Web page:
The other corner-stone of Roman urban life was water, necessarily captured from a nearby mountain spring and sent by aqueduct to the centre of the town . The engineers had to devise a route which would keep the gradient steady - steep enough to ensure a steady flow, but not so strong as to burst open the sealed pipes. When the water arrived it was divided equably by the town's water commissioner, between the cavernous reserve cisterns on the hilltops, a few wealthy private customers and municipal structures such as baths and public fountains. When the aqueducts ran, water would be freely available in every quarter of the city. The women of the house could fill their jars from the cool collecting basins that stood beneath opulent colonnaded fountain heads, while drinking troughs stood brimful at the city gates. Such a state of affairs was not always possible in drought-prone North Africa and so no villa worthy of its name was without its own private roof-fed cisterns. Beneath the paved streets drains took away foul water, although very few houses had latrines, since everyone used those by the bathhouses.
The baths were open to all who could pay a small fee and on great public holidays even this was waived. They were palatial edifices the like of which the world has never seen before or since: paved in mosaic, riveted with marble, heated, decorated with statues and filled with the sound of splashing water. The routine of bathing began with a visit to the forica , the opulent latrines where neighbours defecated in companionable proximity, chattering over the events of last night from their shaded stone seat, looking across to where the sun played on a gurgling fountain. Moving round to the principal entrance of the baths you arrived at the apodyterion , the changing rooms, undressing in the vestibularium and anointing yourself with oil in the unctarium . Then, some exercise in the sundrenched courtyard of the palaestra , followed by scraping away of oily dead skin with a strigil in the destrictarium . A succession of progressively heated marble chambers - the sudarium, caldarium and laconica - helped to sweat out ill-humour, and for an additional charge you could abandon yourself in the laconica to the ministrations of a skilled masseur. Immersion in the tepidarium bath prepared you for the cold pool of the vaulted frigidarium , which was decorated with the best statues and mosaics. From here you could sometimes make use of the natatio , a large outside swimming pool, or wander freely through the shops, library and gardens attached to the bath complex. Baths were usually laid out with a symmetrical floor plan, which provided for two sets of hot chambers.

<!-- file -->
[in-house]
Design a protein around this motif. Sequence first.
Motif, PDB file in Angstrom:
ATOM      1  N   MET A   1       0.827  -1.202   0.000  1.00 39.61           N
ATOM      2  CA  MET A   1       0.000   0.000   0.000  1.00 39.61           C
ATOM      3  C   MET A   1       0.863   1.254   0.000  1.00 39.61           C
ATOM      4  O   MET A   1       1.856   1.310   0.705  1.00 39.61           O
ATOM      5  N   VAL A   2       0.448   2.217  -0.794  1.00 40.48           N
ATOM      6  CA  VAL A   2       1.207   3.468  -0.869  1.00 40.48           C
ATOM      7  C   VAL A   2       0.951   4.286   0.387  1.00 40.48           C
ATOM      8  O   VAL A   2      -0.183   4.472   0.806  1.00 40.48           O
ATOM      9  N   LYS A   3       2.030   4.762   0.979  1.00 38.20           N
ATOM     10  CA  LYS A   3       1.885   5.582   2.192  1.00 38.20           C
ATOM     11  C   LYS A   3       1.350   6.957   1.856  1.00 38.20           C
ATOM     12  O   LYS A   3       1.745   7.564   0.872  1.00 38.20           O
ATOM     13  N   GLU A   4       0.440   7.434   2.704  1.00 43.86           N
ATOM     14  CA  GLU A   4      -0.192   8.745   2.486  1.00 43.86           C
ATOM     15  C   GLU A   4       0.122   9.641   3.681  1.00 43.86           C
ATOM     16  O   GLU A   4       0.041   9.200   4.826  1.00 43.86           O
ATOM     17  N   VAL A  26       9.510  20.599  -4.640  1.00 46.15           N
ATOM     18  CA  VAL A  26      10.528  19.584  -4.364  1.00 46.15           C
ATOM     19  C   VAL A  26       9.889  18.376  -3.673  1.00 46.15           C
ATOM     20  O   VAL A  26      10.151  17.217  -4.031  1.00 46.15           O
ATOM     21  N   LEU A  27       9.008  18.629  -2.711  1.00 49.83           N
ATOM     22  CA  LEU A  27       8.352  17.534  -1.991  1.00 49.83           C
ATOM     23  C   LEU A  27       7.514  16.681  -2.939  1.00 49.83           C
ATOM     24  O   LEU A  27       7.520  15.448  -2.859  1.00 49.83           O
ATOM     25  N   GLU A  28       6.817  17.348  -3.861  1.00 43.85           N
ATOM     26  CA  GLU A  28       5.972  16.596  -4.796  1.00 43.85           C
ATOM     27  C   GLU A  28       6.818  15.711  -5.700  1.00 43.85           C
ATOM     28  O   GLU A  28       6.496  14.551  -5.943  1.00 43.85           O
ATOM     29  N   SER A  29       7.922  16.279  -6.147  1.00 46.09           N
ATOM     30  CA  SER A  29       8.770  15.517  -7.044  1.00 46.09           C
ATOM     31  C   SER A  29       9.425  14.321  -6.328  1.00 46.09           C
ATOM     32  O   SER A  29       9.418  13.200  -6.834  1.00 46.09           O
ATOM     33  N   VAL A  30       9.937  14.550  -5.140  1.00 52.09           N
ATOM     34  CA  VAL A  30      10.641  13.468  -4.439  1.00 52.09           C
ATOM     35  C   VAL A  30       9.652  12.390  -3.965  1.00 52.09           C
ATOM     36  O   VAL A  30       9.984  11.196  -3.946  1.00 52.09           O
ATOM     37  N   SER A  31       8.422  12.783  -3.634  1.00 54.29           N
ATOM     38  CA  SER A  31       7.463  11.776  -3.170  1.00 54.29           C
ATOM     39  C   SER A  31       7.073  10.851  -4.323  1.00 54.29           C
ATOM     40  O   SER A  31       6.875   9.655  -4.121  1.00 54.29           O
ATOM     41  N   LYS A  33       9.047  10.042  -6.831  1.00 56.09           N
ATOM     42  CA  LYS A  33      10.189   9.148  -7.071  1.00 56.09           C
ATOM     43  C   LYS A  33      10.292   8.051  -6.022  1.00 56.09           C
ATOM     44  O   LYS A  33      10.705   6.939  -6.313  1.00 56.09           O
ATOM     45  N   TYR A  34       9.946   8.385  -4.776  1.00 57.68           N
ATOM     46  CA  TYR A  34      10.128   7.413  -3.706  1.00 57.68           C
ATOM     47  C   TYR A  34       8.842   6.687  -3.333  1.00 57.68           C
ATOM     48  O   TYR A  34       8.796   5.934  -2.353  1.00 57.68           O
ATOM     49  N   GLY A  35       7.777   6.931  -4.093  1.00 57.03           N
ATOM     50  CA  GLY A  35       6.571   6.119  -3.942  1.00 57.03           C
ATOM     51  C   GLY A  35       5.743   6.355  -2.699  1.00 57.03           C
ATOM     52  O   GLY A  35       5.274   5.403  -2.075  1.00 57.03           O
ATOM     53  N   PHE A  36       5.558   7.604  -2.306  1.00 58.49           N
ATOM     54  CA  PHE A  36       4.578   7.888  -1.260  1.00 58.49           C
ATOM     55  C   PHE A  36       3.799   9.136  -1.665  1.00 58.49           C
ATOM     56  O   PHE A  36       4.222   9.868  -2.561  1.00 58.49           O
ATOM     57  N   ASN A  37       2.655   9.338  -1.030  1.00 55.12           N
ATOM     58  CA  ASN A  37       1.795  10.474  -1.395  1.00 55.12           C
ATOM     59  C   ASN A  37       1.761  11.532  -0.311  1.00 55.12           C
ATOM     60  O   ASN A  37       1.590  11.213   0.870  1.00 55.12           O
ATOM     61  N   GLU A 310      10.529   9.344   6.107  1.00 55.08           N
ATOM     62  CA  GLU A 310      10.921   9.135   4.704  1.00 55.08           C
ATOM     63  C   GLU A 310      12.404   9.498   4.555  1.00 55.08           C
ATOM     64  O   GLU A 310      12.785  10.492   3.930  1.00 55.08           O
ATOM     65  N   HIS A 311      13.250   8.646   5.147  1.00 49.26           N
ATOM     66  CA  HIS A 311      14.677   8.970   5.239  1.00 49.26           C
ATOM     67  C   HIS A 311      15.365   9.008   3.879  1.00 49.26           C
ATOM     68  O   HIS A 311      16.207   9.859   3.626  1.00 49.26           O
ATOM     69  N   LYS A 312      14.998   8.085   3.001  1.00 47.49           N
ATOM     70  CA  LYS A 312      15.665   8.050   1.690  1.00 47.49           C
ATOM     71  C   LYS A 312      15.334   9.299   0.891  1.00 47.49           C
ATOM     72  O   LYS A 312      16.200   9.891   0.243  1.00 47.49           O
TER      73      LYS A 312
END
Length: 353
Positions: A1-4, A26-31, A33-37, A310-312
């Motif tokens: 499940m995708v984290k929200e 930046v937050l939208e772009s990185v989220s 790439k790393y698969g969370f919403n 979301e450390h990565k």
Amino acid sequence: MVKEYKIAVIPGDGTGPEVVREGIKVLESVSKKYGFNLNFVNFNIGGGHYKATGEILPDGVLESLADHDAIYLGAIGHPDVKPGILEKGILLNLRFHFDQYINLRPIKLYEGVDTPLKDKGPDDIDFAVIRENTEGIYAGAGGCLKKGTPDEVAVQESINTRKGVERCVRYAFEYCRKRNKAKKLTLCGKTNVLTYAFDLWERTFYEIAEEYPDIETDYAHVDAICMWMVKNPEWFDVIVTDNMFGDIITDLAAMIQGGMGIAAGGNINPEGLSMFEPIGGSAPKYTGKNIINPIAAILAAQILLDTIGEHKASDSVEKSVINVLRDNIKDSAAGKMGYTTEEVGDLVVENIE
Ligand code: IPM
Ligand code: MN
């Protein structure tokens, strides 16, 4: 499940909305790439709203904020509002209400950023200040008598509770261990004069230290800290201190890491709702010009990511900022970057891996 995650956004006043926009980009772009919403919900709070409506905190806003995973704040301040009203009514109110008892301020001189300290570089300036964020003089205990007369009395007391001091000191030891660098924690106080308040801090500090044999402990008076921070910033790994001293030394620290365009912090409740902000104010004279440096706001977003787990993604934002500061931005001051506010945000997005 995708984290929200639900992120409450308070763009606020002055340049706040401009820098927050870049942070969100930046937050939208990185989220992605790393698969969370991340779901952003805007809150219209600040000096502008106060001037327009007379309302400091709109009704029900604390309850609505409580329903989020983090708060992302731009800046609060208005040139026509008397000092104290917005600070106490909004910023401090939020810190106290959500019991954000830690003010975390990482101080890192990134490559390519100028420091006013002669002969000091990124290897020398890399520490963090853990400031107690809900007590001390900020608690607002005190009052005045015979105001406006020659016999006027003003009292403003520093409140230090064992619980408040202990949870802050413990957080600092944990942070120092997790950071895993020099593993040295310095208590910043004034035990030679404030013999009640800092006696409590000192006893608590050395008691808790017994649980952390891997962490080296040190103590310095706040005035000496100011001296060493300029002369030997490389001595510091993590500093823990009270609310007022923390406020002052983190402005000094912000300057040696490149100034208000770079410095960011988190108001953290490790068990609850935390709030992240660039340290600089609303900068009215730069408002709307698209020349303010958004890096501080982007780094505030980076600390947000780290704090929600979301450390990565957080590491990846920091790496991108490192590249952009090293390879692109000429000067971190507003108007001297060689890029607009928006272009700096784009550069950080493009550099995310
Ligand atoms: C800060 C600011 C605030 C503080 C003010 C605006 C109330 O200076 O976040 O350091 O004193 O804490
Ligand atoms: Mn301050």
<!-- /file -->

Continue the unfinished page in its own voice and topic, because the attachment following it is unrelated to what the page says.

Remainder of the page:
This was to do with maintenance, for different admission hours, rather than walls, kept the sexes apart. The dried residue from the olive oil presses made for an abundant fuel with which to stoke the hypercaust heating system while natural hot springs were also enthusiastically exploited for their curative effects.
Theatre, Ampitheatre and Circus
At the great public festivals, such as the pre-eminent spring fertility festival of Ceres, which took place from 12-19 April, countryfolk would flock in to town to join in the dawn-to-dusk entertainments. The theatre season ran from the festival of Cybele on 4 April to the people's games in September, and consisted of Greek tragedies, interspersed with debates, lectures, farces, pantomimes, circus acts and comedy in Latin. The front three rows of the cavea were reserved for the thrones of the town's leading citizens - its senators, magistrates and priests. Next came rows for the equestrian class followed by seats for the ordinary citizens. A colonnaded promenade ran round the summit of the theatre with a shrine to Ceres, or some other attribute of the mother goddess, placed at its centre. Awnings could be attached to this colonnade to provide shade.